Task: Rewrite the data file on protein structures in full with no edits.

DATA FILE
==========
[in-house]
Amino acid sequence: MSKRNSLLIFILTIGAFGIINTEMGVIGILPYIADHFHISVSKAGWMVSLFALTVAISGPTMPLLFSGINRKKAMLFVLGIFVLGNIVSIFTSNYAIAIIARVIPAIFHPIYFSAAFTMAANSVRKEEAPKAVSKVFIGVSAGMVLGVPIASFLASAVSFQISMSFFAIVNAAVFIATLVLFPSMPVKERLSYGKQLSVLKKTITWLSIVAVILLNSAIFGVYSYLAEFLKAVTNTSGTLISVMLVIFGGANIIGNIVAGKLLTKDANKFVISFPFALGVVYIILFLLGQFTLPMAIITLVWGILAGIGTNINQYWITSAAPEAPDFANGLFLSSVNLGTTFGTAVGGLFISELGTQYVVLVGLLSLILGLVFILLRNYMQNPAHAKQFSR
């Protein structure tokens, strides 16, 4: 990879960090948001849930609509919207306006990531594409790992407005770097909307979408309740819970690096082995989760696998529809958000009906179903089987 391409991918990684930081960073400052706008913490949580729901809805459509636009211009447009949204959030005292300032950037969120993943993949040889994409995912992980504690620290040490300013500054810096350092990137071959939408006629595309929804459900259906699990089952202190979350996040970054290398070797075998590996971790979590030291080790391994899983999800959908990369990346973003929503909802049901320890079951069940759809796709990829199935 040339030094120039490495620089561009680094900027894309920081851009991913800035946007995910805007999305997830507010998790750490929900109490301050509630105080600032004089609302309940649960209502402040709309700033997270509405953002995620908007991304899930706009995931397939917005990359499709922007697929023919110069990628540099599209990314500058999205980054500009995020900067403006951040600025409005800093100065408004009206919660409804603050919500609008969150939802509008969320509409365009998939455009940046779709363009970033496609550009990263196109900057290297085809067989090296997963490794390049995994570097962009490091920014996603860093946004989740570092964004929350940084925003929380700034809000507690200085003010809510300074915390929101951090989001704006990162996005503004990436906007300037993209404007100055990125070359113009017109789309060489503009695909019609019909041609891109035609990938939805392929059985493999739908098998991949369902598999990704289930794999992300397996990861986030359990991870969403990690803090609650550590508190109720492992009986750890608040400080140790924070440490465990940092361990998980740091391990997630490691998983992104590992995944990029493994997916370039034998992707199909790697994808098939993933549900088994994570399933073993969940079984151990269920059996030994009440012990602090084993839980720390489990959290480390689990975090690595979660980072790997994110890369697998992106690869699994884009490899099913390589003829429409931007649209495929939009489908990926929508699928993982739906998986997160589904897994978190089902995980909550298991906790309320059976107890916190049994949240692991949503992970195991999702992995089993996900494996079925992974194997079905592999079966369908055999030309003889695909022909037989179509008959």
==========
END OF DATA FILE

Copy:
[in-house]
Amino acid sequence: MSKRNSLLIFILTIGAFGIINTEMGVIGILPYIADHFHISVSKAGWMVSLFALTVAISGPTMPLLFSGINRKKAMLFVLGIFVLGNIVSIFTSNYAIAIIARVIPAIFHPIYFSAAFTMAANSVRKEEAPKAVSKVFIGVSAGMVLGVPIASFLASAVSFQISMSFFAIVNAAVFIATLVLFPSMPVKERLSYGKQLSVLKKTITWLSIVAVILLNSAIFGVYSYLAEFLKAVTNTSGTLISVMLVIFGGANIIGNIVAGKLLTKDANKFVISFPFALGVVYIILFLLGQFTLPMAIITLVWGILAGIGTNINQYWITSAAPEAPDFANGLFLSSVNLGTTFGTAVGGLFISELGTQYVVLVGLLSLILGLVFILLRNYMQNPAHAKQFSR
């Protein structure tokens, strides 16, 4: 990879960090948001849930609509919207306006990531594409790992407005770097909307979408309740819970690096082995989760696998529809958000009906179903089987 391409991918990684930081960073400052706008913490949580729901809805459509636009211009447009949204959030005292300032950037969120993943993949040889994409995912992980504690620290040490300013500054810096350092990137071959939408006629595309929804459900259906699990089952202190979350996040970054290398070797075998590996971790979590030291080790391994899983999800959908990369990346973003929503909802049901320890079951069940759809796709990829199935 040339030094120039490495620089561009680094900027894309920081851009991913800035946007995910805007999305997830507010998790750490929900109490301050509630105080600032004089609302309940649960209502402040709309700033997270509405953002995620908007991304899930706009995931397939917005990359499709922007697929023919110069990628540099599209990314500058999205980054500009995020900067403006951040600025409005800093100065408004009206919660409804603050919500609008969150939802509008969320509409365009998939455009940046779709363009970033496609550009990263196109900057290297085809067989090296997963490794390049995994570097962009490091920014996603860093946004989740570092964004929350940084925003929380700034809000507690200085003010809510300074915390929101951090989001704006990162996005503004990436906007300037993209404007100055990125070359113009017109789309060489503009695909019609019909041609891109035609990938939805392929059985493999739908098998991949369902598999990704289930794999992300397996990861986030359990991870969403990690803090609650550590508190109720492992009986750890608040400080140790924070440490465990940092361990998980740091391990997630490691998983992104590992995944990029493994997916370039034998992707199909790697994808098939993933549900088994994570399933073993969940079984151990269920059996030994009440012990602090084993839980720390489990959290480390689990975090690595979660980072790997994110890369697998992106690869699994884009490899099913390589003829429409931007649209495929939009489908990926929508699928993982739906998986997160589904897994978190089902995980909550298991906790309320059976107890916190049994949240692991949503992970195991999702992995089993996900494996079925992974194997079905592999079966369908055999030309003889695909022909037989179509008959």